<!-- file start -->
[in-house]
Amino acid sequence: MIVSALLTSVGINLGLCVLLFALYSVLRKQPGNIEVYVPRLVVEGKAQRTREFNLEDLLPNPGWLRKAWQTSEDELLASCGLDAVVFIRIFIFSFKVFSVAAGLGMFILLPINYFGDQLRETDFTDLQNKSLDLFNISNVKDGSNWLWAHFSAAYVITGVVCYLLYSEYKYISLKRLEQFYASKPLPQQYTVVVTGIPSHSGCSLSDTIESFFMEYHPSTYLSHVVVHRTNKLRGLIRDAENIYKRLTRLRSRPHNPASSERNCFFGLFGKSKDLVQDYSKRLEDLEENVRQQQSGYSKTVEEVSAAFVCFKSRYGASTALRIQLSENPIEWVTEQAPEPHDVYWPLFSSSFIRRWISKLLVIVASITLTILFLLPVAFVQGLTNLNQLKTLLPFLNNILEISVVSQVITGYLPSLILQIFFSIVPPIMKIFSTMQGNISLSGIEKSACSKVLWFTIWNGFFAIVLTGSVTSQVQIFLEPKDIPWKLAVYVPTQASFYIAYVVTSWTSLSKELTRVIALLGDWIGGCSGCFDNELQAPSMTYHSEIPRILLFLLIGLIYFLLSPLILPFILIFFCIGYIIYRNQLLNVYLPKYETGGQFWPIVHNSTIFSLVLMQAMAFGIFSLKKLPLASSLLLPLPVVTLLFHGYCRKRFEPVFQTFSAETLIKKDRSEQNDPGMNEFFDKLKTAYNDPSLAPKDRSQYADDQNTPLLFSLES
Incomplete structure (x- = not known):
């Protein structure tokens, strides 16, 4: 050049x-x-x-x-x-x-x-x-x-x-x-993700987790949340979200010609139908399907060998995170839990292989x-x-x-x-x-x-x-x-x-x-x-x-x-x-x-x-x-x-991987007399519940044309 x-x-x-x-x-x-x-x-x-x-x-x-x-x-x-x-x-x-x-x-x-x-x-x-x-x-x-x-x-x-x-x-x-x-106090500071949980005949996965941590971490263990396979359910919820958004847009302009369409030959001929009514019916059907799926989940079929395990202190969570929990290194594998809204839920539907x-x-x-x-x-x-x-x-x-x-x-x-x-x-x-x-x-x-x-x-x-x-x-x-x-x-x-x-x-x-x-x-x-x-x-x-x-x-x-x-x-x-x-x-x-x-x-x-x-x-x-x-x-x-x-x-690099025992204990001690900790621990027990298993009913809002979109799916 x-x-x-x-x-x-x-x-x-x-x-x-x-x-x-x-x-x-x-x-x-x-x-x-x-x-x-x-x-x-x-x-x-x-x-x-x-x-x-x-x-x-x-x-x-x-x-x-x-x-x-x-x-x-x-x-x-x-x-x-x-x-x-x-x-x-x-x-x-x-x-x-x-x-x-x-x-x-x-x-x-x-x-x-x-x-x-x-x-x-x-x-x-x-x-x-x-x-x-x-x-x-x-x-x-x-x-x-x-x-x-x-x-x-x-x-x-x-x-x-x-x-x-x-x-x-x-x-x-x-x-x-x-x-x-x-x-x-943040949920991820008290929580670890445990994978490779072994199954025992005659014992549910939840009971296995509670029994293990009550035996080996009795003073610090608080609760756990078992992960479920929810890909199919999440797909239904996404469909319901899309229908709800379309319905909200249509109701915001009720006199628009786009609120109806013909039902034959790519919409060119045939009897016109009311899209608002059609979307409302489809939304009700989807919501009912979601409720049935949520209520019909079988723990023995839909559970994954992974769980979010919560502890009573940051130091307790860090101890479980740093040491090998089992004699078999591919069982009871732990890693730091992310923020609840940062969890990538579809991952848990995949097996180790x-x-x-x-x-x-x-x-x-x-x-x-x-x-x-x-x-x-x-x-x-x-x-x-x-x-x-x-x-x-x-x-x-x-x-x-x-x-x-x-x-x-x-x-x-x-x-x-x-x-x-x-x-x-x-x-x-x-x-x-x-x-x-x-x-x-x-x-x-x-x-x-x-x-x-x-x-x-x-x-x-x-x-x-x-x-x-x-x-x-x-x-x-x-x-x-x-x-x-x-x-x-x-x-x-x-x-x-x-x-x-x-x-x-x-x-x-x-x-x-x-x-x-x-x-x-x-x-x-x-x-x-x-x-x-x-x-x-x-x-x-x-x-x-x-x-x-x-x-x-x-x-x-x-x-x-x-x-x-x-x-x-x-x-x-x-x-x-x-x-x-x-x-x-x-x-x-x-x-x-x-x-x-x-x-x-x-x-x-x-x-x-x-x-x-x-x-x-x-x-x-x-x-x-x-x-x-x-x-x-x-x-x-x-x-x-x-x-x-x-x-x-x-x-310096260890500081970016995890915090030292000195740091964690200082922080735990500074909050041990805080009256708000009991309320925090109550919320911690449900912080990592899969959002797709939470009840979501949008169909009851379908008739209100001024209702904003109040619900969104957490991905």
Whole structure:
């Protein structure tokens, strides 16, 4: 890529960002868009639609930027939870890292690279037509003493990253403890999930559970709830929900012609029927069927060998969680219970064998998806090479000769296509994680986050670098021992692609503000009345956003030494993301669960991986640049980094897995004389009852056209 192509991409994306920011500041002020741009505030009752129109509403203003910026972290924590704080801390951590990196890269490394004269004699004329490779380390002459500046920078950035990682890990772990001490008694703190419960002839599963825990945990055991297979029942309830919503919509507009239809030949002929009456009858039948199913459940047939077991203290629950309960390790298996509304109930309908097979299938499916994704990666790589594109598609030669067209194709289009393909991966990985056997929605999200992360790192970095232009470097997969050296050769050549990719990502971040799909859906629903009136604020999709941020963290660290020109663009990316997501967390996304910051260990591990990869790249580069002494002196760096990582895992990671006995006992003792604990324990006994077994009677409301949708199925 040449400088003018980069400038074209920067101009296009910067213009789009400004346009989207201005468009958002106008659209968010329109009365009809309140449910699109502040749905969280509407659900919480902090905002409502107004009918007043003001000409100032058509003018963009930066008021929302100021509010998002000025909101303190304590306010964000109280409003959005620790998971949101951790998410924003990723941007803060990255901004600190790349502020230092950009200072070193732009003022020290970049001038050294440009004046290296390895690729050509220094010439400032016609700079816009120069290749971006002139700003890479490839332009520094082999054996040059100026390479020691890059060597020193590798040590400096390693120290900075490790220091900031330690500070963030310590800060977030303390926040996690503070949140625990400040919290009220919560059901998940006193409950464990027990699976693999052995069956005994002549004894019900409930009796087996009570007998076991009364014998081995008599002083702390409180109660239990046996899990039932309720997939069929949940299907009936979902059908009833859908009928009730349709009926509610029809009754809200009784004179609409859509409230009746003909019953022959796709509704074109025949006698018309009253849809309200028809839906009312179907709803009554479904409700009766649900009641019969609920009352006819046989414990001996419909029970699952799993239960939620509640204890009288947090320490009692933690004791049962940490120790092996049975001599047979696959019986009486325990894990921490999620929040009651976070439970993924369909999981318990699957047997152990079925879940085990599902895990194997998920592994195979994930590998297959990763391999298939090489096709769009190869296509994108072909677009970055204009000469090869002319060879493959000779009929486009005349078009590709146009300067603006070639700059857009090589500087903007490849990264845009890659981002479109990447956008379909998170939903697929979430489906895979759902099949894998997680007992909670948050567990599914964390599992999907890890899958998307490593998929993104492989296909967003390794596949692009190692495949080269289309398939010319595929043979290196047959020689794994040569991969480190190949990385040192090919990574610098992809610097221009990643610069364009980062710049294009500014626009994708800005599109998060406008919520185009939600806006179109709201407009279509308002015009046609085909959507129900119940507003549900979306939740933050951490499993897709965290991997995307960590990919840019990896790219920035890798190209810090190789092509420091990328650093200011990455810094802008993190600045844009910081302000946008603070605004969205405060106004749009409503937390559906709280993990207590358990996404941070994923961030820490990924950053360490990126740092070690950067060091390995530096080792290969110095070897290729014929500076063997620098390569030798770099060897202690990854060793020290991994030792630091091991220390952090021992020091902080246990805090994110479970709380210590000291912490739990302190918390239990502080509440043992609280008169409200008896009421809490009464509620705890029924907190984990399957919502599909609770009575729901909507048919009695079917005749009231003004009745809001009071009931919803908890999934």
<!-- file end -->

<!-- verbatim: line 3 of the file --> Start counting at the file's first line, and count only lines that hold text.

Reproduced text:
Incomplete structure (x- = not known):